Homebuilders are seeing a tightening of the market in two key areas: the availability of labor, and materials.
Q: How much time does it take to build a home these days?
A: As a Seattle-area homebuilder, a question I hear from prospects and clients frequently is, “How long will it take you to build my new home?” It’s a legitimate question. Because I have a bit of history with this kind of activity, it’s generally been a question I don’t have too much trouble answering.
Of course, the answer will vary a bit depending on the exact size of the home and on the complexity of modifications to be made. But with a well-defined building process, we’re generally able to give clients a pretty accurate estimate of when their home will be done.
However, “The times,” as Nobel Prize-winning songwriter Bob Dylan once wrote, “they are a-changing.”
A while back, an NPR story with the headline “There’s a Home Renovation Boom, But Good Luck Finding a Contractor” talked about the impact that the renovation boom in the United States was having on being able to find good remodeling contractors. It seems to me that the impact has spread to the new-housing market as well.
In particular, we’re seeing a tightening of the market in two key areas: the availability of labor, and materials. Both of those are critical elements when it comes to building new homes. While we have a great team, we also use trusted subcontractors to perform specific tasks. When those contractors are tied up, that can slow down our progress.
The same thing holds true with getting the materials necessary for homebuilding. With companies keeping their inventories tight — and with increasing demand for materials — having to wait on building materials can also delay the process.
The result is that homes that used to be completed in four months are sometimes taking up to eight months to complete. What does that mean for you if you’re planning to build a new home?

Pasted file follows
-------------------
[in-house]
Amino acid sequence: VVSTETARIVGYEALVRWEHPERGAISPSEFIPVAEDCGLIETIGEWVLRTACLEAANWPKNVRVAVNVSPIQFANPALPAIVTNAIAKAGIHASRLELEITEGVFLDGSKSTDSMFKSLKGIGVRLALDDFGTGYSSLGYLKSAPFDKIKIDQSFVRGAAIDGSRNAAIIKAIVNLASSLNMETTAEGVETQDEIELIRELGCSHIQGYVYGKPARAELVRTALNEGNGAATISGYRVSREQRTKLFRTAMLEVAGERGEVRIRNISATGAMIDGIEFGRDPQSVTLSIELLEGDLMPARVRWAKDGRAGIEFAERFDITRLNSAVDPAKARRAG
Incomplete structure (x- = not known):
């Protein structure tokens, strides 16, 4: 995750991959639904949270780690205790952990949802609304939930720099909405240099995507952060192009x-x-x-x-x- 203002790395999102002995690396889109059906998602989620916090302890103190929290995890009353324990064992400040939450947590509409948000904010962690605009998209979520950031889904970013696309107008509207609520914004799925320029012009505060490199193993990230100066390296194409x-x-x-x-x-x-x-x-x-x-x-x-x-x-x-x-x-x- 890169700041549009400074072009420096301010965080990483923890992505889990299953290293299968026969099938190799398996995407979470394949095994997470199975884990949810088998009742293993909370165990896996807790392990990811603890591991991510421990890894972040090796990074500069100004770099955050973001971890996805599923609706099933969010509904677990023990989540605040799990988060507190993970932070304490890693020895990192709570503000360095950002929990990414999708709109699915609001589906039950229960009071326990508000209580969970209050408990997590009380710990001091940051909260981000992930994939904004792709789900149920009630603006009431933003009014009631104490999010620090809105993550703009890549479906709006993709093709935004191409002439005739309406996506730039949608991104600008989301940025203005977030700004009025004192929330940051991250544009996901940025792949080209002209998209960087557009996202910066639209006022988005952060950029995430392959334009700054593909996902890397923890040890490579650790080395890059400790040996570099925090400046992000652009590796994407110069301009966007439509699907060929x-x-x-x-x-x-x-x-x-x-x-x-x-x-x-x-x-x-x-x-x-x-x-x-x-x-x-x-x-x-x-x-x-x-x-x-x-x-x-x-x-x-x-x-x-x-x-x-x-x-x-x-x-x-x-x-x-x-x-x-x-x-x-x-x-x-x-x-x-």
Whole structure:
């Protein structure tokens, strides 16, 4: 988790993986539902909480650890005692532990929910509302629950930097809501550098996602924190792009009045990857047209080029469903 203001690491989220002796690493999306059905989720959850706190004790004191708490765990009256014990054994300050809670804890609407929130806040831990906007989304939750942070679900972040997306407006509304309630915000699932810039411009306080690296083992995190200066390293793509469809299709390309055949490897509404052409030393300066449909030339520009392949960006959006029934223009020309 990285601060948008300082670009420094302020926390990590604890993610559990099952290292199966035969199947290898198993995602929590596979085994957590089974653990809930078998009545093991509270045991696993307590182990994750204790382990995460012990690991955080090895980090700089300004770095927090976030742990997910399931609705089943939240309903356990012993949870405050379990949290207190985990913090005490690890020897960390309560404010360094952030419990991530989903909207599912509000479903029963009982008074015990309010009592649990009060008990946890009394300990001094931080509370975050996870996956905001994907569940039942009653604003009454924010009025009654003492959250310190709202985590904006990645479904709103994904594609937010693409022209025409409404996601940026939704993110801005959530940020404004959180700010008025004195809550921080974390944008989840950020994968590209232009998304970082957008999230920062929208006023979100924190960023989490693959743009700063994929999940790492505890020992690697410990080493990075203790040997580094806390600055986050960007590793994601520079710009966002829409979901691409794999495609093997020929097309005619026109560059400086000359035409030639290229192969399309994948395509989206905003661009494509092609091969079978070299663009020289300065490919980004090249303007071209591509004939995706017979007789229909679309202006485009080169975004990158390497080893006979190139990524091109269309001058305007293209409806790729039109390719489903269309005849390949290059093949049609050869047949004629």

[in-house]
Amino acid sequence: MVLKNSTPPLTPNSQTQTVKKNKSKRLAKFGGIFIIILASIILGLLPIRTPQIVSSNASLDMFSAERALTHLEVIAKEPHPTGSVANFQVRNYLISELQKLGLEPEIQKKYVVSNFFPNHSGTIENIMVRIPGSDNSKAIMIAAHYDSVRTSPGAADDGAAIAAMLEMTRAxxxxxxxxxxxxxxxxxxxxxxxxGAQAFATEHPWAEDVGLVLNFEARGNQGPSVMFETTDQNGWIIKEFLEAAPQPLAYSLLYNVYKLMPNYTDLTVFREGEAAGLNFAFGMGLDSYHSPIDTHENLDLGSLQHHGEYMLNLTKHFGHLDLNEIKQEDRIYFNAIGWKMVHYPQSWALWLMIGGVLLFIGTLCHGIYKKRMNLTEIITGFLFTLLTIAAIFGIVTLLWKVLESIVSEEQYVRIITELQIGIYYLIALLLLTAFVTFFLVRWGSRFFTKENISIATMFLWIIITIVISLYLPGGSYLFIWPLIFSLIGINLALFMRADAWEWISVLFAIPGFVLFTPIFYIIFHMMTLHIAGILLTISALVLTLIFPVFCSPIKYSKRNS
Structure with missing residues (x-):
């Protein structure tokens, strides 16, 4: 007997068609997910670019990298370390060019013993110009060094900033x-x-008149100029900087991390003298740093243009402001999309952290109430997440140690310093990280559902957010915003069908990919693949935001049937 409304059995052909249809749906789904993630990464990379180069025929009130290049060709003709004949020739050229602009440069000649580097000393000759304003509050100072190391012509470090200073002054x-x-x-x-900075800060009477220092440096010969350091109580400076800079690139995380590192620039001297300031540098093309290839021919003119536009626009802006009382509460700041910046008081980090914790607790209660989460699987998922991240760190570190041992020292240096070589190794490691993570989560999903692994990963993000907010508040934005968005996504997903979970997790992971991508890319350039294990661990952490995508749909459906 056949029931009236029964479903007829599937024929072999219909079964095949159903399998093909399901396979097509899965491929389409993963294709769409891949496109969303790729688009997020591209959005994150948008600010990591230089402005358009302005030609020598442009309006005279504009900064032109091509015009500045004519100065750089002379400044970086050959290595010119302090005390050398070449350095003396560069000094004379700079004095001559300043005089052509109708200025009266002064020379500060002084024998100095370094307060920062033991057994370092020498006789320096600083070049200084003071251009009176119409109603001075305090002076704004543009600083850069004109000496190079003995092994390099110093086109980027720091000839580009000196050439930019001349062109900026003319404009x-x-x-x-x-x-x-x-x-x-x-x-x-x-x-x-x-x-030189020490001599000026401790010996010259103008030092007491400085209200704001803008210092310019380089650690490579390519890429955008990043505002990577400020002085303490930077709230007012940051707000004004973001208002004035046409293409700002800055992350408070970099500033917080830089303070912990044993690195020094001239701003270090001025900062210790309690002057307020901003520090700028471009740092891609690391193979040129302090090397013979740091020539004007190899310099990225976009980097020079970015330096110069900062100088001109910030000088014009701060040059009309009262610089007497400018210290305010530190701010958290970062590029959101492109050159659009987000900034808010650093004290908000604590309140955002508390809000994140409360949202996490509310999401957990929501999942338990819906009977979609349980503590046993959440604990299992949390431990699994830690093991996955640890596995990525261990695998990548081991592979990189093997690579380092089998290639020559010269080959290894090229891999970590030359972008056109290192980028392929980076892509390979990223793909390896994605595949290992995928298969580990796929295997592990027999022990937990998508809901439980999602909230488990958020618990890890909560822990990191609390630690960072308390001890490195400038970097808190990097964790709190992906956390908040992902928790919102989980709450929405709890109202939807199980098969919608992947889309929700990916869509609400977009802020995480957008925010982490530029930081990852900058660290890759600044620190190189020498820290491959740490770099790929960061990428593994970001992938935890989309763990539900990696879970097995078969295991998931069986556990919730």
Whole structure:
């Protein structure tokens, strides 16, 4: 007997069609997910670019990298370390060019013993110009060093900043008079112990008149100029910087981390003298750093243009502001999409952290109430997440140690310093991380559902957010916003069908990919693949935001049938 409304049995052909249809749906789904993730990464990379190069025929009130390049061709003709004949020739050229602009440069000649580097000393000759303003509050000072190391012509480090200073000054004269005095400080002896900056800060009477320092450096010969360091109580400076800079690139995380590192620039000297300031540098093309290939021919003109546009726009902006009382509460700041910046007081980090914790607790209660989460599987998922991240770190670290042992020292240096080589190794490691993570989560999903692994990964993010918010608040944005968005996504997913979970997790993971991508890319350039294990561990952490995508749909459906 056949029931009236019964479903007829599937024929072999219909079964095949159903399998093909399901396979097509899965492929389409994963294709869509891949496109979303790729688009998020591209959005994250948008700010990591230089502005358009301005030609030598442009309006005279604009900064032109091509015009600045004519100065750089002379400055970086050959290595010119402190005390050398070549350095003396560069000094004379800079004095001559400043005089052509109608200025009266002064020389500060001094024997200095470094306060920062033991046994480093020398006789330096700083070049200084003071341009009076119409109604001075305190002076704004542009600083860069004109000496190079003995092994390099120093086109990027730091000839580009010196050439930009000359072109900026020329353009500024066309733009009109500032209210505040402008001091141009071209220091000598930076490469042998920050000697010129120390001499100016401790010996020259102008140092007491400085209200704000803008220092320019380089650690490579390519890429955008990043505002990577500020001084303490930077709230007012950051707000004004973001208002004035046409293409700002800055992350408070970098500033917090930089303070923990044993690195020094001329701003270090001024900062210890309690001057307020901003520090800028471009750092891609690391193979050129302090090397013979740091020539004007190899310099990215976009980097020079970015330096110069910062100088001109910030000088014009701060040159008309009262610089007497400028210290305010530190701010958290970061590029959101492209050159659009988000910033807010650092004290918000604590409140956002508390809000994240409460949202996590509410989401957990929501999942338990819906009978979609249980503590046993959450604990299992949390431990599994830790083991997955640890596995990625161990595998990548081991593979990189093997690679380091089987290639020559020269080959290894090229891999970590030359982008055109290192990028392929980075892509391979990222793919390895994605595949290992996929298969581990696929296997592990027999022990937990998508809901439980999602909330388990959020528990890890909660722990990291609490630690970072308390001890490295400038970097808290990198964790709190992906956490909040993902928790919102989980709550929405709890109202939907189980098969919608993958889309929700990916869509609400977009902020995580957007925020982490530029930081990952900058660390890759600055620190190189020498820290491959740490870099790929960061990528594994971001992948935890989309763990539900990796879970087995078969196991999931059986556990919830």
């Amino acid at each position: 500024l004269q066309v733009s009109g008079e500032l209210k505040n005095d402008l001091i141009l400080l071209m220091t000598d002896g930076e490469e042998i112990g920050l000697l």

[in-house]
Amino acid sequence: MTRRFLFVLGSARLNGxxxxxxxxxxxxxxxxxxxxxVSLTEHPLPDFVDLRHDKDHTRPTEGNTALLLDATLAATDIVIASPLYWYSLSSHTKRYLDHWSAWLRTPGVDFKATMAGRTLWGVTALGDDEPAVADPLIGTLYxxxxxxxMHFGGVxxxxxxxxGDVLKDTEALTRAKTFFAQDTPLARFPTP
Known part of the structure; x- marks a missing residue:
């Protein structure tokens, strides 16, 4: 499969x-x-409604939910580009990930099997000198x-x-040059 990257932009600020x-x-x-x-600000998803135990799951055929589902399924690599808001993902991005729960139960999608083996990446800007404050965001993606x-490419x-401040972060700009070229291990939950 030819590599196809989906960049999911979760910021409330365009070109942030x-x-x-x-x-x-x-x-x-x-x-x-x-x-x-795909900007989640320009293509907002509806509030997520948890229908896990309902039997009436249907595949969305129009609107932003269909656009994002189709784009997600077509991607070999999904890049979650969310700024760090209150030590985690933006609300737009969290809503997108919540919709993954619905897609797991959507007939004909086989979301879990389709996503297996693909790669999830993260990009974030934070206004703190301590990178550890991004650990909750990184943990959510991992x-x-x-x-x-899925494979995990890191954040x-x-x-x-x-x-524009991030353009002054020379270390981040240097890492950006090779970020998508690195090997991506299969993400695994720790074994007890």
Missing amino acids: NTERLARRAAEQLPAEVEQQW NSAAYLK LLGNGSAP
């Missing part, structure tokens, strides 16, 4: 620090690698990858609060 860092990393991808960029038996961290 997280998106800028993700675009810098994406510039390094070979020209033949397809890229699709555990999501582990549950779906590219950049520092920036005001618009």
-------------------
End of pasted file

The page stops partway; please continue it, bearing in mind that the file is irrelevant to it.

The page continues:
While you don’t have control over labor or materials availability, there are some things you can do that can help with the process.
For example, you can do your homework upfront to make sure you’re comfortable with the design decisions you make on your home. That means taking the time to review floor plans so that when you finally meet with your builder, you’re ready to move forward rather than taking more time to deliberate. You don’t need to have every little detail nailed down, but you should have a good general idea of the layout you want.
Another thing you can do is to make sure you think about your selections (cabinets, lighting, flooring, countertops, etc.) ahead of time — and that you make your decisions and order those items with plenty of time to spare. That way your builder won’t be sitting around waiting for materials to arrive.
Once you’ve made your decision about what home you want to build (and who is going to build it), a good builder (who is keeping his/her finger on the pulse of the market) will be able to give you a pretty accurate estimate of your completion date.
Brooks Powell is the general manager of Powell Homes and Renovations and a member of the Master Builders Association of King and Snohomish Counties, and HomeWork is the MBA’s weekly column. If you have a home improvement, remodeling or residential homebuilding question you’d like answered by one of the MBA’s more than 2,800 members, write to firstname.lastname@example.org.